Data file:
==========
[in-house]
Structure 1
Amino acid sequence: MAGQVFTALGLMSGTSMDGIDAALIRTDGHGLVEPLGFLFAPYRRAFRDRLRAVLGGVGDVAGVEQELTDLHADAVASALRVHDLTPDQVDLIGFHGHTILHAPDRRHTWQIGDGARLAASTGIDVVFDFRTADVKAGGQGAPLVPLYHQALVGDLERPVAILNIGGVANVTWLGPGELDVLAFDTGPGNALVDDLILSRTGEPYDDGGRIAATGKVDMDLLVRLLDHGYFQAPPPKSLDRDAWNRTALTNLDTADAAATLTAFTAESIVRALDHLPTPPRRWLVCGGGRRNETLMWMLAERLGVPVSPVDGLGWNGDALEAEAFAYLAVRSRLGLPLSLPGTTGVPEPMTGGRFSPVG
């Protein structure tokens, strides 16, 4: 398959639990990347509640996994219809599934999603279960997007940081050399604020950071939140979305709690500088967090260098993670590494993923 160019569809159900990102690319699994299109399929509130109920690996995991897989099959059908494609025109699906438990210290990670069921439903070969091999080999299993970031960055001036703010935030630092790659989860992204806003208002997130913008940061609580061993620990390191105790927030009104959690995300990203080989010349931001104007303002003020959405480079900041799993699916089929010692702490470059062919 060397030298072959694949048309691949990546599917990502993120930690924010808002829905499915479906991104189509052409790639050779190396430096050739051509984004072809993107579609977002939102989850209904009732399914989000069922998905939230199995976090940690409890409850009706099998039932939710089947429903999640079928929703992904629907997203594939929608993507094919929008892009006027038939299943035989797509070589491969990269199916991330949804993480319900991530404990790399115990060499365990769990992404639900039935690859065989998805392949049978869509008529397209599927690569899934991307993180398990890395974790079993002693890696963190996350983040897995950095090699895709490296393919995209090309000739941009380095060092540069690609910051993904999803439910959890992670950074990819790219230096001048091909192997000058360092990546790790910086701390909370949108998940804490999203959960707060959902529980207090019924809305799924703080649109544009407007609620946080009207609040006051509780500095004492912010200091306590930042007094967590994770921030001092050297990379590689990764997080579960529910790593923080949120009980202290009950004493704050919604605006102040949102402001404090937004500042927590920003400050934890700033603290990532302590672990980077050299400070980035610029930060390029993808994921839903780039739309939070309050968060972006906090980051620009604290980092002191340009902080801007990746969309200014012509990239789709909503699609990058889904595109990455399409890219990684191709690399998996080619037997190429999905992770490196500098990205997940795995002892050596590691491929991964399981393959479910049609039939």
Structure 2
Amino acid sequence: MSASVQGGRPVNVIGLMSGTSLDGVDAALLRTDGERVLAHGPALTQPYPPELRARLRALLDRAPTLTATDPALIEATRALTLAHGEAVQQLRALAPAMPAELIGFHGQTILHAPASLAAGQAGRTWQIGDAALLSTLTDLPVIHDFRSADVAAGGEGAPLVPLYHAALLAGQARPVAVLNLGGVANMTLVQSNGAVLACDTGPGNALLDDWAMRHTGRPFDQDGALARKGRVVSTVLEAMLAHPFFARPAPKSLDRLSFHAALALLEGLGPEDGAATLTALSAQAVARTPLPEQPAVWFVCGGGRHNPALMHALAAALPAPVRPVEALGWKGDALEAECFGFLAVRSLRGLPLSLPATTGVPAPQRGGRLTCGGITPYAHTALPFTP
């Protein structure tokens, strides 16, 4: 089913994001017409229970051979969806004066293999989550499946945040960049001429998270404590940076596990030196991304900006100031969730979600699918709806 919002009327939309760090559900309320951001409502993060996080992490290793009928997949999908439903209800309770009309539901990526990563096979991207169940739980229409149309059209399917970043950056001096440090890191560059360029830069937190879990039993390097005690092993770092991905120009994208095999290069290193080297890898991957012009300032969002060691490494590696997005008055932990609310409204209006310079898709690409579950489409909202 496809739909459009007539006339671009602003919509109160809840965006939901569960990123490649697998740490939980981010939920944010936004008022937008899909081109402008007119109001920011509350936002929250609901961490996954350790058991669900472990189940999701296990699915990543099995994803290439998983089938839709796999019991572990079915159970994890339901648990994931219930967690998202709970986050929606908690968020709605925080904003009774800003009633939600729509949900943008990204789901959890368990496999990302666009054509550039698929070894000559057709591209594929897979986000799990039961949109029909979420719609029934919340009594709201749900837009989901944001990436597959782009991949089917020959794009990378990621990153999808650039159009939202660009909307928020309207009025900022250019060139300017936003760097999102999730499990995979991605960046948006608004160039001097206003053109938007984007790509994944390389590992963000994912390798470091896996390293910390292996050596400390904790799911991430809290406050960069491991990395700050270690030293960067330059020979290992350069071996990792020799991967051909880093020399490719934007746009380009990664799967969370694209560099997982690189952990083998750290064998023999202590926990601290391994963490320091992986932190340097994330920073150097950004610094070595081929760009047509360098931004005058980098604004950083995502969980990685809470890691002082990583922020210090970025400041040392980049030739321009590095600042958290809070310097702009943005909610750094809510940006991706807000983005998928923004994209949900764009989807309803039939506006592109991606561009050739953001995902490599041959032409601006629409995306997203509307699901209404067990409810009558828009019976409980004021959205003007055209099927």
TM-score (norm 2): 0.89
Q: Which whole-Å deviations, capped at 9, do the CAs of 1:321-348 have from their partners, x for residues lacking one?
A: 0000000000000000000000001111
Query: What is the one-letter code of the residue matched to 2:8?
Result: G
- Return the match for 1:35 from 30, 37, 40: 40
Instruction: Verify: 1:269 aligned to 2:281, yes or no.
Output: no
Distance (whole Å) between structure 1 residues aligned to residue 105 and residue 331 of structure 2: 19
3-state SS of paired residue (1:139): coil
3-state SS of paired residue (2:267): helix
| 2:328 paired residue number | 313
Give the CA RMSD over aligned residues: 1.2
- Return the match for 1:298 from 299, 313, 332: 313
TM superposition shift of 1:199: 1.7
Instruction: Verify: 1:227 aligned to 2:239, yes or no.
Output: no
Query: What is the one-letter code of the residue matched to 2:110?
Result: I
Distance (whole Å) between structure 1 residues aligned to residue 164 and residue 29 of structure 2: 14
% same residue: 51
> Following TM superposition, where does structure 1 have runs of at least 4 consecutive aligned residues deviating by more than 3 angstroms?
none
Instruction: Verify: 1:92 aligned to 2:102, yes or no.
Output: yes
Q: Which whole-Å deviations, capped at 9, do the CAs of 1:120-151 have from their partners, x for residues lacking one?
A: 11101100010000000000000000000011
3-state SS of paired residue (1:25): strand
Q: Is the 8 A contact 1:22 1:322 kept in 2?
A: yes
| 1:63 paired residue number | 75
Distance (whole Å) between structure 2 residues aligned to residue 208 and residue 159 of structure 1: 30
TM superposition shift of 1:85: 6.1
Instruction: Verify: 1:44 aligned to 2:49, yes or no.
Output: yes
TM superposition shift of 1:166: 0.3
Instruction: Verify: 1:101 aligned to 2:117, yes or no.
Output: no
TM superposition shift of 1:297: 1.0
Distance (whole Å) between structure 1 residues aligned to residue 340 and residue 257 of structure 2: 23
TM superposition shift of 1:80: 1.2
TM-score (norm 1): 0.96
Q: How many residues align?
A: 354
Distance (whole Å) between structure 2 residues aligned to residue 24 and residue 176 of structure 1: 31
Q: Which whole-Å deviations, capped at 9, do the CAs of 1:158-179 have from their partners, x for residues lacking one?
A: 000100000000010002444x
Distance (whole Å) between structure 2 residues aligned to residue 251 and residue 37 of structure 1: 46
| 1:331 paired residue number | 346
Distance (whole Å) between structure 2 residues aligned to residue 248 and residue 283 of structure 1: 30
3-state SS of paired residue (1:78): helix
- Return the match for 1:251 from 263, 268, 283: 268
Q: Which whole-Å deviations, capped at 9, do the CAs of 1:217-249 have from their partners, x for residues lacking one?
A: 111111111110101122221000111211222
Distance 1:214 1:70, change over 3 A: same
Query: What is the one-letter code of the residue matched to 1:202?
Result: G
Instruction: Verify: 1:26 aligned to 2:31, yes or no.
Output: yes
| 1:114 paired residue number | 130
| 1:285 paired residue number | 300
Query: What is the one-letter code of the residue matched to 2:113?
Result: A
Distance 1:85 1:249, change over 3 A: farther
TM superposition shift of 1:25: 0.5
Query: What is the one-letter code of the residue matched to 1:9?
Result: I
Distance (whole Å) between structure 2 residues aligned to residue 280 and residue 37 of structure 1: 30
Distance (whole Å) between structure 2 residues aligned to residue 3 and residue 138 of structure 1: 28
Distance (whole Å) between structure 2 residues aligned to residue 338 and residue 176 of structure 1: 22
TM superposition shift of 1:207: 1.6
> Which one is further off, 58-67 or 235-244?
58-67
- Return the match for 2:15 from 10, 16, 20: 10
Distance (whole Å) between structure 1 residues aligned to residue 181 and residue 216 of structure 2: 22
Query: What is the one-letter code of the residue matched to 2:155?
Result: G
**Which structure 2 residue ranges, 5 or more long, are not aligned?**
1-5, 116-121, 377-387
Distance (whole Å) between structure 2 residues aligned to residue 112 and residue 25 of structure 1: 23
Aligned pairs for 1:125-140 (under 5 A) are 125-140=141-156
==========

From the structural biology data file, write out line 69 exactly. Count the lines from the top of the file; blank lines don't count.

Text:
Query: What is the one-letter code of the residue matched to 2:113?